By Morris DC Komakech
Time to increase demand for African knowledge in science and practice in the mainstream research
The second international conference for the Advancement of Science in Africa (SASA) ended at Hotel Africana last week on Friday, May 9. This SASA conference started in Polokwane in South Africa last year. The conference draws from some of the world’s best scientists and researchers from USA, Canada, Europe, Japan, Mauritius etc. who come to share their intellectual products with scientists in Africa. At the end of it all, SASA hopes to inspire African scholars, universities and governments to invest in science in order to use evidence from science to influence policies and professional practices in Africa.
This years’ international conference was hosted by Gulu University in cahoots with Makerere University Uganda National Council of Science and technology and Muni University in Uganda. Internationally, Pennsylvania state University, Youth Employment and Income Enhancement project (YEIEP), Global Knowledge Initiative and Osaka University in Japan were very supportive.
During the four days of the conference, we were treated to some mind blowing innovations from Nabisunsa Girls School with their experiment of water purification. Most of the ongoing researches in integrating herbal or traditional medicines in practice being conducted around Uganda were breath taking. We learned with much enthusiasm how Japan was working closely with Gulu University in health research, improving diagnostic mechanisms for malaria management and so forth.
One of the outstanding themes of the conference was the increasing demand for indigenous (African) knowledge in science and practice in the mainstream research. At the forefront of the advocacy for indigenous knowledge were Prof. Njoki N. Wane and Dr Francis Akena Adyanga from the University of Toronto. The scholars made strong cases for the conspicuous absence of indigenous science and knowledge in the mainstream academia – either at high school or at Universities. They argued that the main facet of the frontiers of science in Africa lies in reinvigorating indigenous knowledge which shaped African science and technology way before the advent of colonialism. Dr Adyanga, for instance, illustrated how the modern caesarian section was first conducted successfully in Bunyoro way before Europeans indulged in this practice and yet today, the scalpels or tools used for that surgical intervention lie in archives in London.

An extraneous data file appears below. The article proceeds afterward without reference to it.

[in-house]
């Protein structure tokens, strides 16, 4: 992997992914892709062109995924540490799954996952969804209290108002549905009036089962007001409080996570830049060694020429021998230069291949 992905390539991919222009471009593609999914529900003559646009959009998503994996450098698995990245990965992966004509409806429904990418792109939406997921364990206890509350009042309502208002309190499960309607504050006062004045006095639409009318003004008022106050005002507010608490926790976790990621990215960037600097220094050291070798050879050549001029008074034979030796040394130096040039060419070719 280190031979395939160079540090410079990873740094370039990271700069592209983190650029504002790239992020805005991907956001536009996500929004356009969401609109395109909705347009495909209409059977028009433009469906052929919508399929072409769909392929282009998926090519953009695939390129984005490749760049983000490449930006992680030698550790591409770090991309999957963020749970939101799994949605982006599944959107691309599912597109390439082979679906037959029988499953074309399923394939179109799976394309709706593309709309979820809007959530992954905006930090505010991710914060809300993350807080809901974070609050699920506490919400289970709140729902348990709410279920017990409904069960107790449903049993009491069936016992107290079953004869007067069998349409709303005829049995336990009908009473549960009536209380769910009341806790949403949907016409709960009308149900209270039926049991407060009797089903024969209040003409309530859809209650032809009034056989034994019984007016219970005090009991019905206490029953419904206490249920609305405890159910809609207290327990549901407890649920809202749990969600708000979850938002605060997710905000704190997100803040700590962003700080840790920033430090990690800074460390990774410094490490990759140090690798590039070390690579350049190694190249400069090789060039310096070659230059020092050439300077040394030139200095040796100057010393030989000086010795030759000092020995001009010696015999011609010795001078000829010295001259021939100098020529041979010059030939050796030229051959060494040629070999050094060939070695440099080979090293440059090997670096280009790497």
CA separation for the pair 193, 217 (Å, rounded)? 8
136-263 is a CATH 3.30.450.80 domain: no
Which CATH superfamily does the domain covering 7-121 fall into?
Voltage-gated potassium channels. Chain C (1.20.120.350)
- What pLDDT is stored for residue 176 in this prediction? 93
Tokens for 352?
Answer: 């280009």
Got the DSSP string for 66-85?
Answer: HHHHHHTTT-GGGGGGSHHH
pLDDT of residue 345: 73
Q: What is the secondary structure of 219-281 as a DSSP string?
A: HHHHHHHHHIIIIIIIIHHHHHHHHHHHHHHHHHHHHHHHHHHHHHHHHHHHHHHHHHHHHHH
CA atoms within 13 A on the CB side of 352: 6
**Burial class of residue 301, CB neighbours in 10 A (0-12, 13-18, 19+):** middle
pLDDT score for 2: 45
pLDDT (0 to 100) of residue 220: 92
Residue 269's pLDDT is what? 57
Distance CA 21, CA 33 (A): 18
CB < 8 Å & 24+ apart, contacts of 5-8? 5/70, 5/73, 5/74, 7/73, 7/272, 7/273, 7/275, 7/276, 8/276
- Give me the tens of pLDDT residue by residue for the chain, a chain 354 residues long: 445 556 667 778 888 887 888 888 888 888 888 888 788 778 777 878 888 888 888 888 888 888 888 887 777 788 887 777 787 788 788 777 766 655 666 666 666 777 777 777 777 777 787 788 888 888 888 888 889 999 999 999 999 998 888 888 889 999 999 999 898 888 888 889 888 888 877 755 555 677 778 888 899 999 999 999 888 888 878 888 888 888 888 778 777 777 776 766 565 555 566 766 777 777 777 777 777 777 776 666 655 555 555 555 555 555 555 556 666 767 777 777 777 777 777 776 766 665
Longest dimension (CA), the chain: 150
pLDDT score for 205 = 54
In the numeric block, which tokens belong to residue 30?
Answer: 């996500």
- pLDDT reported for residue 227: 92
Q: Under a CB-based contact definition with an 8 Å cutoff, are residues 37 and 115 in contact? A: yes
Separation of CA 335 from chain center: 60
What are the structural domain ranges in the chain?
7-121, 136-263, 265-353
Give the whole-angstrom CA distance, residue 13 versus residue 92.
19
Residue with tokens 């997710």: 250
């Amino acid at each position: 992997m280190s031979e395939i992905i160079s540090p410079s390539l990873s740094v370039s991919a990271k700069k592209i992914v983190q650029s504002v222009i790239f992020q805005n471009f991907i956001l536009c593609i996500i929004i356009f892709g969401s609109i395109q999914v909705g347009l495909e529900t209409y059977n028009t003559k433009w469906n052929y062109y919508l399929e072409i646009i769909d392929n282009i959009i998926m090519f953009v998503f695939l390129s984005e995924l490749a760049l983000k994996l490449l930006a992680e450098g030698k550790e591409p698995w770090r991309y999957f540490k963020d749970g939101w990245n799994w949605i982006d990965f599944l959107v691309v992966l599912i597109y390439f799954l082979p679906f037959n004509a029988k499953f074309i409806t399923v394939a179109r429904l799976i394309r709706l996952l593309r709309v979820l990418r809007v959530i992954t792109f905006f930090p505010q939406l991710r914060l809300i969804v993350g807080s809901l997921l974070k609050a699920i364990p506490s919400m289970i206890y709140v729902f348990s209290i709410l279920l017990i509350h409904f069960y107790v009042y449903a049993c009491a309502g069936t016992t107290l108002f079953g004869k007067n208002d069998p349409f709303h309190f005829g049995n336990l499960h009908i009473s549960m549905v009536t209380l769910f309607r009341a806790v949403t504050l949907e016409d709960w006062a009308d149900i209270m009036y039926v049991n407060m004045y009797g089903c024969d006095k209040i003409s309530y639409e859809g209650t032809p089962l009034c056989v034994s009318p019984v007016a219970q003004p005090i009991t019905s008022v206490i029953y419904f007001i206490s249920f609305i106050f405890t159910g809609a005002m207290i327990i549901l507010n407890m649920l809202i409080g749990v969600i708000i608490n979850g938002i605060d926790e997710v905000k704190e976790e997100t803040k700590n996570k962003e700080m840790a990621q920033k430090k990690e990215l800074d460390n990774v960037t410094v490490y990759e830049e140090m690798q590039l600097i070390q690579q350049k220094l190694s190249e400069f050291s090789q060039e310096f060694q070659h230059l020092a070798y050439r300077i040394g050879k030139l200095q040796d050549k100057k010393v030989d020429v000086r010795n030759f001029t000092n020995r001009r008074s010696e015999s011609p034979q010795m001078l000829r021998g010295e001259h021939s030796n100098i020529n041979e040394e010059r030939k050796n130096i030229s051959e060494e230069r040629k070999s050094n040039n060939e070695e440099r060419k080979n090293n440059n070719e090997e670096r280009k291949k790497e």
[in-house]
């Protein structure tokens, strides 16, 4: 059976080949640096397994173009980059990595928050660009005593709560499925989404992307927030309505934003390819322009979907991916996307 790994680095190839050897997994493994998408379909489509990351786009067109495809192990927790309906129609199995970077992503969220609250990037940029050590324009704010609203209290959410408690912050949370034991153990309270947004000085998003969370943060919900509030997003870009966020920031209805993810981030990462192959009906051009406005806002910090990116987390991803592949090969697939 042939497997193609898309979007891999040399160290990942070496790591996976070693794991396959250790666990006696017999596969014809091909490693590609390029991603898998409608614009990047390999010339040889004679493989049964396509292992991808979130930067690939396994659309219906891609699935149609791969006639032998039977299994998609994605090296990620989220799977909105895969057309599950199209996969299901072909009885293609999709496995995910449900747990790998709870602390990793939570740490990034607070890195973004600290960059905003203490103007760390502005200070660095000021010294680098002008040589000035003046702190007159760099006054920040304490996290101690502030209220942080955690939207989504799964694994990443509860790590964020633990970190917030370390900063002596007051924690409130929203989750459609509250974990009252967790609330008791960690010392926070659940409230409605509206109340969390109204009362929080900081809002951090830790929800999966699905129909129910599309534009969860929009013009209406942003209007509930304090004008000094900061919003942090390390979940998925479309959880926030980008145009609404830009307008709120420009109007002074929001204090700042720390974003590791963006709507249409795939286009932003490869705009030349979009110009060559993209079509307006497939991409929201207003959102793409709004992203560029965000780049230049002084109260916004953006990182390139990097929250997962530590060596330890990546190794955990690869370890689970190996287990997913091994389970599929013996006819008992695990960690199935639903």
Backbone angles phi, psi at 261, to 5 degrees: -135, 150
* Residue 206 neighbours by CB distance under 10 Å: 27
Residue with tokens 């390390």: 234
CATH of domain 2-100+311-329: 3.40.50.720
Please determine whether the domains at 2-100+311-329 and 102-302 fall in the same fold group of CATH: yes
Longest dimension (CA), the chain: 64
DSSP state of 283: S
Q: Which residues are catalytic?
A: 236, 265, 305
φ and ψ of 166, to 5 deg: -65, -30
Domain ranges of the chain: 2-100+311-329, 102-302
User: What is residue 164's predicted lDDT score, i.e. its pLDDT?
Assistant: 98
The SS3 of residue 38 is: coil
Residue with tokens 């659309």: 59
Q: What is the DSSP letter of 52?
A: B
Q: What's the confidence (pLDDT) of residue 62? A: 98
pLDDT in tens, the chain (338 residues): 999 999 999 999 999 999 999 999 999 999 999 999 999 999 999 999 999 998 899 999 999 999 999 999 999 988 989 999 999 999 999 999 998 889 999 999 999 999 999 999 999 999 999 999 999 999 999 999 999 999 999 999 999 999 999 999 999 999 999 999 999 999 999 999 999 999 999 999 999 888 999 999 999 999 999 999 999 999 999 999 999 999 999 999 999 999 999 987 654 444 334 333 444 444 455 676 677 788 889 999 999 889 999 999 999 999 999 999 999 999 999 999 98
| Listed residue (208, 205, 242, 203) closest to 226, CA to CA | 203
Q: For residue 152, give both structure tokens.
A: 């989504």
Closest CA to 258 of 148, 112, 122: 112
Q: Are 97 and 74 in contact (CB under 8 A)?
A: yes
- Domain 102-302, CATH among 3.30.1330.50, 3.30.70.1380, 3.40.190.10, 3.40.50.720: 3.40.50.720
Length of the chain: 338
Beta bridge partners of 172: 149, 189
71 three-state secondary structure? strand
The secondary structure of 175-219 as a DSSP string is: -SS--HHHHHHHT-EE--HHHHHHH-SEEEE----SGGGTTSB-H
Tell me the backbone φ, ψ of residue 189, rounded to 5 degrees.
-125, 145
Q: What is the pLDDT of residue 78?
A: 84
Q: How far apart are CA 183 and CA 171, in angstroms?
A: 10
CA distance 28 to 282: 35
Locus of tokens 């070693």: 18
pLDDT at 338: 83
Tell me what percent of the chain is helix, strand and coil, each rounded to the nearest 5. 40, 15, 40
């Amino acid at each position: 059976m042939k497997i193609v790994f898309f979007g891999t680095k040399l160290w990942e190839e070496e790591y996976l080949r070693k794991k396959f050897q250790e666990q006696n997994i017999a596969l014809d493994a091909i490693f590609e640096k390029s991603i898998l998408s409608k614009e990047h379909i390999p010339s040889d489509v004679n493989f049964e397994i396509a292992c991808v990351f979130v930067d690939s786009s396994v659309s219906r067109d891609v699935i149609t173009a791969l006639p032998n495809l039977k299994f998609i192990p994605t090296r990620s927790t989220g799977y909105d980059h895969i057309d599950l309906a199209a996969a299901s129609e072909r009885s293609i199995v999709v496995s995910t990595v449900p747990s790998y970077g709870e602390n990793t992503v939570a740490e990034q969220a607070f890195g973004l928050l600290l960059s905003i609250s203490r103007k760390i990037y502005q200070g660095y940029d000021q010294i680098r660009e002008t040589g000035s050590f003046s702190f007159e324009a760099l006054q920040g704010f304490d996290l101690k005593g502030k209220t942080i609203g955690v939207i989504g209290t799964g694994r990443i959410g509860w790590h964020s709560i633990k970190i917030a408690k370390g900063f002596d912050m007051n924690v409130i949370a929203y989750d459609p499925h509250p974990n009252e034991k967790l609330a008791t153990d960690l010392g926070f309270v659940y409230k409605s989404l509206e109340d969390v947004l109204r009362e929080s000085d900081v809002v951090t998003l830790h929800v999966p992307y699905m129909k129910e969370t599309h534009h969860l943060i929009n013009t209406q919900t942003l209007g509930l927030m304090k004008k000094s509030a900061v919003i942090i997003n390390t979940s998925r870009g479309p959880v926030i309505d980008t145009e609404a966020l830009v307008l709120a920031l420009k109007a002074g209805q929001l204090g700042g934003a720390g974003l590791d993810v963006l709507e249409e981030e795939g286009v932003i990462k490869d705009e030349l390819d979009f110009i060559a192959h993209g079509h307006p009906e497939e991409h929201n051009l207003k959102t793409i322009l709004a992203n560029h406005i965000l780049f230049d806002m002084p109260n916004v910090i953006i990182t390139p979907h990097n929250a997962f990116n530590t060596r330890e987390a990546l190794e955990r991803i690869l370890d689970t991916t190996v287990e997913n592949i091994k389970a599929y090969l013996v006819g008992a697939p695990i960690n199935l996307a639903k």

This discussion also hinted on how Europe and western colonialism has continued to undermine and under develop African indigenous science by archiving all artifacts associated with African science in museums in Europe, Australia and America. Such artifacts provide references and evidence to how African science influenced the life and ways of the people.
Today, religion and modern medicine remains the cornerstone of undermining African science and technology. For instance, every African practice and belief systems are deemed devilish or satanic by religious zealots who are brainwashed that the core of life has always been associated with the Jewish life story as recounted in the Bible.
The medicine perspective rubbishes African herbal and traditional practices as risky, unsubstantiated and backward, without recognising that most modern medicines are extracts from plants that are found in Africa and were used by the indigenous tribes for centuries.
Medical practitioners, like church preachers and Reverends, do not recognise that life in Africa preceded western religion and modern medicine. In fact, African knowledge provided the back-born to the so-called modern western practices in science and technology.
The building of the pyramids in Egypt; the current medical signs was taken from Nubians; the caesarian section was first conducted in Bunyoro, fire was discovered in Africa etc. African religious beliefs were far more advanced as it entailed holistic practices involving the dead, the living, non-living and environment and all rituals that western religion has emulated.
The presenters concluded that instead of bedeviling African indigenous practices, African scientists should invest in conducting research to establish concrete evidence to support or not support them. Some of these practices have sustained communities for a long time and yet today we see them as inferior or backward.
The conference was one of the best that I have attended and of course, my presentation titled “Advancing psychosocial frontiers in EMTCT: the role of self-efficacy in Male involvement” was well received as it articulated the challenges of achieving HIV free generation in Uganda and provided leadership direction in this field of maternal child health.
The 3rd International SASA conference will take place in Toronto, Canada and we look forward to receiving more research abstracts from African Scholars, Doctoral and post-doctoral scholars in 2015. I pass my sincere regards to the International Organising Committee of SASA, notably, Prof Joachim Kapalanga, Prof Elain F. Fymat, Dr. Francis Adyanga and the National Organising Team headed by Prof. Emillio Ovuga and all the sponsors and Universities that hosted us. This conference could not have been possible without your tireless efforts. See you all in our home turf, Toronto in 2015!
Morris Komakech is a University of Toronto scholar and member of Society of Advancement of Science in Africa (SASA) organising committee 2015. Contact: [email protected]